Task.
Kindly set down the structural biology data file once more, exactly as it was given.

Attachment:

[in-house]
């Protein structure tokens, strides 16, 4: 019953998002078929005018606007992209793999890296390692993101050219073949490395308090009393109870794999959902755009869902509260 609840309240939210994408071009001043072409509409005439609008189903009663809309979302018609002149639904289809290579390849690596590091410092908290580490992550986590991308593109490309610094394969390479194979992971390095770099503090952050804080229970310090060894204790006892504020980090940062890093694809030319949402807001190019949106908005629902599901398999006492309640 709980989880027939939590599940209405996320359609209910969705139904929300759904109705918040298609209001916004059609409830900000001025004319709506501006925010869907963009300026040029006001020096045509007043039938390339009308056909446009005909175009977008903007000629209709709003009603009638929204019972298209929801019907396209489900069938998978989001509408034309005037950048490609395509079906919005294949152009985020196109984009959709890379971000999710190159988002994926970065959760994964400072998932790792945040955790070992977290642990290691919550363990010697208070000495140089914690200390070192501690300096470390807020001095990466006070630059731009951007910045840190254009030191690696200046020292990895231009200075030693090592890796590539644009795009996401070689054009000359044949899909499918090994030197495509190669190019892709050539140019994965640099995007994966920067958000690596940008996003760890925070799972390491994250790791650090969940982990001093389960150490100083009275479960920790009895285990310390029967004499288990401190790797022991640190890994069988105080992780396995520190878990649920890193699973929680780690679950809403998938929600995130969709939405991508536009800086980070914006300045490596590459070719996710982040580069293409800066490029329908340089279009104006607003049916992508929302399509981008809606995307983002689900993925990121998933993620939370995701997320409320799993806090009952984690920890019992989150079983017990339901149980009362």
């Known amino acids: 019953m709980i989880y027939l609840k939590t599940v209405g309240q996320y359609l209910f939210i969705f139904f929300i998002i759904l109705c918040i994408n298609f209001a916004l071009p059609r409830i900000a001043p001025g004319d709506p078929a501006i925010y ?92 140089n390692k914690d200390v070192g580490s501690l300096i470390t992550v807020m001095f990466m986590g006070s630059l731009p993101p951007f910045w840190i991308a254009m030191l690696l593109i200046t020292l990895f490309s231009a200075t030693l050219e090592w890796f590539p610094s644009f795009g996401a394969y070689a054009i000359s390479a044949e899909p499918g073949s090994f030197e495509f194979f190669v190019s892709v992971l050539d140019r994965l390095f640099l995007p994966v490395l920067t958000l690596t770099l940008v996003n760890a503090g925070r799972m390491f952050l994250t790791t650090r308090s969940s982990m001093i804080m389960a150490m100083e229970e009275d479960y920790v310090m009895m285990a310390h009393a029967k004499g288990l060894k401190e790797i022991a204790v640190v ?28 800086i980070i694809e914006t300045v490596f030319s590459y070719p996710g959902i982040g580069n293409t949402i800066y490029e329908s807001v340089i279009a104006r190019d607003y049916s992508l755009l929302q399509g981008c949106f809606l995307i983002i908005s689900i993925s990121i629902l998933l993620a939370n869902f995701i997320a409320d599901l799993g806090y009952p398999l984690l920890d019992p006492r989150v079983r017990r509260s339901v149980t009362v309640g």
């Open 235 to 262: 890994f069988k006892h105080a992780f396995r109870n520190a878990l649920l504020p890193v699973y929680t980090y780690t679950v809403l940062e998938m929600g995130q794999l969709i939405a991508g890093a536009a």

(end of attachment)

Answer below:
[in-house]
């Protein structure tokens, strides 16, 4: 019953998002078929005018606007992209793999890296390692993101050219073949490395308090009393109870794999959902755009869902509260 609840309240939210994408071009001043072409509409005439609008189903009663809309979302018609002149639904289809290579390849690596590091410092908290580490992550986590991308593109490309610094394969390479194979992971390095770099503090952050804080229970310090060894204790006892504020980090940062890093694809030319949402807001190019949106908005629902599901398999006492309640 709980989880027939939590599940209405996320359609209910969705139904929300759904109705918040298609209001916004059609409830900000001025004319709506501006925010869907963009300026040029006001020096045509007043039938390339009308056909446009005909175009977008903007000629209709709003009603009638929204019972298209929801019907396209489900069938998978989001509408034309005037950048490609395509079906919005294949152009985020196109984009959709890379971000999710190159988002994926970065959760994964400072998932790792945040955790070992977290642990290691919550363990010697208070000495140089914690200390070192501690300096470390807020001095990466006070630059731009951007910045840190254009030191690696200046020292990895231009200075030693090592890796590539644009795009996401070689054009000359044949899909499918090994030197495509190669190019892709050539140019994965640099995007994966920067958000690596940008996003760890925070799972390491994250790791650090969940982990001093389960150490100083009275479960920790009895285990310390029967004499288990401190790797022991640190890994069988105080992780396995520190878990649920890193699973929680780690679950809403998938929600995130969709939405991508536009800086980070914006300045490596590459070719996710982040580069293409800066490029329908340089279009104006607003049916992508929302399509981008809606995307983002689900993925990121998933993620939370995701997320409320799993806090009952984690920890019992989150079983017990339901149980009362």
């Known amino acids: 019953m709980i989880y027939l609840k939590t599940v209405g309240q996320y359609l209910f939210i969705f139904f929300i998002i759904l109705c918040i994408n298609f209001a916004l071009p059609r409830i900000a001043p001025g004319d709506p078929a501006i925010y ?92 140089n390692k914690d200390v070192g580490s501690l300096i470390t992550v807020m001095f990466m986590g006070s630059l731009p993101p951007f910045w840190i991308a254009m030191l690696l593109i200046t020292l990895f490309s231009a200075t030693l050219e090592w890796f590539p610094s644009f795009g996401a394969y070689a054009i000359s390479a044949e899909p499918g073949s090994f030197e495509f194979f190669v190019s892709v992971l050539d140019r994965l390095f640099l995007p994966v490395l920067t958000l690596t770099l940008v996003n760890a503090g925070r799972m390491f952050l994250t790791t650090r308090s969940s982990m001093i804080m389960a150490m100083e229970e009275d479960y920790v310090m009895m285990a310390h009393a029967k004499g288990l060894k401190e790797i022991a204790v640190v ?28 800086i980070i694809e914006t300045v490596f030319s590459y070719p996710g959902i982040g580069n293409t949402i800066y490029e329908s807001v340089i279009a104006r190019d607003y049916s992508l755009l929302q399509g981008c949106f809606l995307i983002i908005s689900i993925s990121i629902l998933l993620a939370n869902f995701i997320a409320d599901l799993g806090y009952p398999l984690l920890d019992p006492r989150v079983r017990r509260s339901v149980t009362v309640g």
């Open 235 to 262: 890994f069988k006892h105080a992780f396995r109870n520190a878990l649920l504020p890193v699973y929680t980090y780690t679950v809403l940062e998938m929600g995130q794999l969709i939405a991508g890093a536009a």